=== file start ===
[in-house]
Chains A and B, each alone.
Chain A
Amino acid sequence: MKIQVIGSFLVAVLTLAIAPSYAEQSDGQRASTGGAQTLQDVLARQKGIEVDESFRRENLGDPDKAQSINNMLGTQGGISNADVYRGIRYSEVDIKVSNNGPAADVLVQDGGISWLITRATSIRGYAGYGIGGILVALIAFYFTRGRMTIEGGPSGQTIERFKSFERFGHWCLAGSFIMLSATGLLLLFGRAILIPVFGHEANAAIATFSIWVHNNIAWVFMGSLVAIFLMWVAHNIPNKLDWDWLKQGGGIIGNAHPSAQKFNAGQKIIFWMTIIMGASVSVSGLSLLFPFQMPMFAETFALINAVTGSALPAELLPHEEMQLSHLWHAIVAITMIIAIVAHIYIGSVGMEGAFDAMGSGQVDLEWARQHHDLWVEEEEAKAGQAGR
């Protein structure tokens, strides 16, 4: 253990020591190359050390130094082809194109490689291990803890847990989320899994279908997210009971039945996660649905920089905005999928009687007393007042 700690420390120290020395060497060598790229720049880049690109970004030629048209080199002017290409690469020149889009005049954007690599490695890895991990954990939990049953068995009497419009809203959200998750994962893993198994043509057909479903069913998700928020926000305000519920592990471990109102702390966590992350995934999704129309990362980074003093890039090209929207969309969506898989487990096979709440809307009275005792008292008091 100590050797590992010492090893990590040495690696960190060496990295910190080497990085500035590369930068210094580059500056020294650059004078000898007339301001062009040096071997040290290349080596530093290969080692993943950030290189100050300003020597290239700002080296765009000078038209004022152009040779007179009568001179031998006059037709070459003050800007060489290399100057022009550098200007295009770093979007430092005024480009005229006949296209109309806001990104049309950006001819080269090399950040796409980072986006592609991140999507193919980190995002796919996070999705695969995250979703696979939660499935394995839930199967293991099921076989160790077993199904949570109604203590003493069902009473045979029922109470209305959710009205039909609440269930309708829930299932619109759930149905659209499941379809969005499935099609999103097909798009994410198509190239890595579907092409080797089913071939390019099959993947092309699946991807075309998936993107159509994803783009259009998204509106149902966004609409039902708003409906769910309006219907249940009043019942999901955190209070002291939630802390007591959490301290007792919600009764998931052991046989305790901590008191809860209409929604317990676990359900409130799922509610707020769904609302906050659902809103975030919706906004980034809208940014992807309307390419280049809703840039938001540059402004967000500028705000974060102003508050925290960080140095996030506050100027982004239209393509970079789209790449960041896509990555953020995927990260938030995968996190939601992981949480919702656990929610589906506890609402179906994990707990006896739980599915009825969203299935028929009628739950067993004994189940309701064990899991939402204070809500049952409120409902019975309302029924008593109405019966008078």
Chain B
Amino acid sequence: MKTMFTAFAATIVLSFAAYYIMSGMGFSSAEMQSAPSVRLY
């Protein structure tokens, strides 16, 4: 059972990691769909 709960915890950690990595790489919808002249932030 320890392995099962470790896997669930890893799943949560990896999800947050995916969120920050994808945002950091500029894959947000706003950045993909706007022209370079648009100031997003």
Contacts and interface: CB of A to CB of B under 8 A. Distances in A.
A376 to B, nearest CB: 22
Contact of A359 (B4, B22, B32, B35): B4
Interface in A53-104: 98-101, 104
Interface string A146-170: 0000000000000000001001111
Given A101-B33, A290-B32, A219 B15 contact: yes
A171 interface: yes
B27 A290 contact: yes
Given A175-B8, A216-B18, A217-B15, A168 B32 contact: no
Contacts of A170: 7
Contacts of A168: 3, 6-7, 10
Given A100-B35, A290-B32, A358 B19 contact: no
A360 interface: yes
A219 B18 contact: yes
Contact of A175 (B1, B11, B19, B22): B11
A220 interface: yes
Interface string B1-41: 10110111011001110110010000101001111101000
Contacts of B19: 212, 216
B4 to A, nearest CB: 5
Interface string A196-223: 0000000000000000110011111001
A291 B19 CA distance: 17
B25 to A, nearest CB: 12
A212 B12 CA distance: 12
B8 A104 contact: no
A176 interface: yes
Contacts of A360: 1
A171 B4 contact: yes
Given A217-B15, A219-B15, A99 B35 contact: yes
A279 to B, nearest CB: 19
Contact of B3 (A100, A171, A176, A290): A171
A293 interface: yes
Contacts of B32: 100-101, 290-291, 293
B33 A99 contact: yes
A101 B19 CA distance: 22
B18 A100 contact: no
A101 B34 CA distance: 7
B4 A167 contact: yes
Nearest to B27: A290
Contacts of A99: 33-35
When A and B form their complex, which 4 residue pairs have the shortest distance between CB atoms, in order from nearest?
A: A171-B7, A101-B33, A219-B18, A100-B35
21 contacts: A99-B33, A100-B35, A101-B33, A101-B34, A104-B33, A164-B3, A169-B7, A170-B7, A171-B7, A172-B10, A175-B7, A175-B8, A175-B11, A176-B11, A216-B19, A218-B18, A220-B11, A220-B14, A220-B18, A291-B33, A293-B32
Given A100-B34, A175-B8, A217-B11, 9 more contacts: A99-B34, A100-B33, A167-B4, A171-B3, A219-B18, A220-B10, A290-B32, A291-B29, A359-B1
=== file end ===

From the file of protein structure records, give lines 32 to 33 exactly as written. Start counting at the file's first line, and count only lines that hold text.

B8 A104 contact: no
A176 interface: yes